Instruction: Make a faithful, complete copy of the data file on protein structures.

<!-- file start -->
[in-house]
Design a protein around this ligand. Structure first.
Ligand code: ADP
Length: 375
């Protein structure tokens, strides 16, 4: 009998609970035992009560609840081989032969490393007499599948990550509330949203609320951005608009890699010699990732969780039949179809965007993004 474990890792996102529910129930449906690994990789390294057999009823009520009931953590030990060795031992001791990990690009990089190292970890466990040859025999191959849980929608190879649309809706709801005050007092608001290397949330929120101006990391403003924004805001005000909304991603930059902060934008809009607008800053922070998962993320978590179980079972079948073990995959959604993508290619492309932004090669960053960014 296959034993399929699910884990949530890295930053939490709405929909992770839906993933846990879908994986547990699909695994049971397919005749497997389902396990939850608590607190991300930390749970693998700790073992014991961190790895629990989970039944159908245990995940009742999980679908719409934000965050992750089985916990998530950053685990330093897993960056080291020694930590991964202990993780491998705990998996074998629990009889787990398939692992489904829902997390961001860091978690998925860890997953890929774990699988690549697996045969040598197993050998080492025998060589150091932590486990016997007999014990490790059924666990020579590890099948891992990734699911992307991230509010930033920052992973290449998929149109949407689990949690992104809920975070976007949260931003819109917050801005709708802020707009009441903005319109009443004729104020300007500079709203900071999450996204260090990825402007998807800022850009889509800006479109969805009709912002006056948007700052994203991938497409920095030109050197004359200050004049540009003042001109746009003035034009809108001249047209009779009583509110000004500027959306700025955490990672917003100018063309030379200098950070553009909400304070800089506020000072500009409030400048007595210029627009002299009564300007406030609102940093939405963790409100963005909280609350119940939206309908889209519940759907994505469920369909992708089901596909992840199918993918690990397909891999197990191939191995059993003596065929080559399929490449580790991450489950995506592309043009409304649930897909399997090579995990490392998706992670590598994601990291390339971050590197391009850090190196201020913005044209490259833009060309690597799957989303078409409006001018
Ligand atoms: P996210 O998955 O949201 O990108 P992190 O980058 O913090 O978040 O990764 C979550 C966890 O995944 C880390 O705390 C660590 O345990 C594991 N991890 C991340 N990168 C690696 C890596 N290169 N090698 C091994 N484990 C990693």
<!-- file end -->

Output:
[in-house]
Design a protein around this ligand. Structure first.
Ligand code: ADP
Length: 375
């Protein structure tokens, strides 16, 4: 009998609970035992009560609840081989032969490393007499599948990550509330949203609320951005608009890699010699990732969780039949179809965007993004 474990890792996102529910129930449906690994990789390294057999009823009520009931953590030990060795031992001791990990690009990089190292970890466990040859025999191959849980929608190879649309809706709801005050007092608001290397949330929120101006990391403003924004805001005000909304991603930059902060934008809009607008800053922070998962993320978590179980079972079948073990995959959604993508290619492309932004090669960053960014 296959034993399929699910884990949530890295930053939490709405929909992770839906993933846990879908994986547990699909695994049971397919005749497997389902396990939850608590607190991300930390749970693998700790073992014991961190790895629990989970039944159908245990995940009742999980679908719409934000965050992750089985916990998530950053685990330093897993960056080291020694930590991964202990993780491998705990998996074998629990009889787990398939692992489904829902997390961001860091978690998925860890997953890929774990699988690549697996045969040598197993050998080492025998060589150091932590486990016997007999014990490790059924666990020579590890099948891992990734699911992307991230509010930033920052992973290449998929149109949407689990949690992104809920975070976007949260931003819109917050801005709708802020707009009441903005319109009443004729104020300007500079709203900071999450996204260090990825402007998807800022850009889509800006479109969805009709912002006056948007700052994203991938497409920095030109050197004359200050004049540009003042001109746009003035034009809108001249047209009779009583509110000004500027959306700025955490990672917003100018063309030379200098950070553009909400304070800089506020000072500009409030400048007595210029627009002299009564300007406030609102940093939405963790409100963005909280609350119940939206309908889209519940759907994505469920369909992708089901596909992840199918993918690990397909891999197990191939191995059993003596065929080559399929490449580790991450489950995506592309043009409304649930897909399997090579995990490392998706992670590598994601990291390339971050590197391009850090190196201020913005044209490259833009060309690597799957989303078409409006001018
Ligand atoms: P996210 O998955 O949201 O990108 P992190 O980058 O913090 O978040 O990764 C979550 C966890 O995944 C880390 O705390 C660590 O345990 C594991 N991890 C991340 N990168 C690696 C890596 N290169 N090698 C091994 N484990 C990693």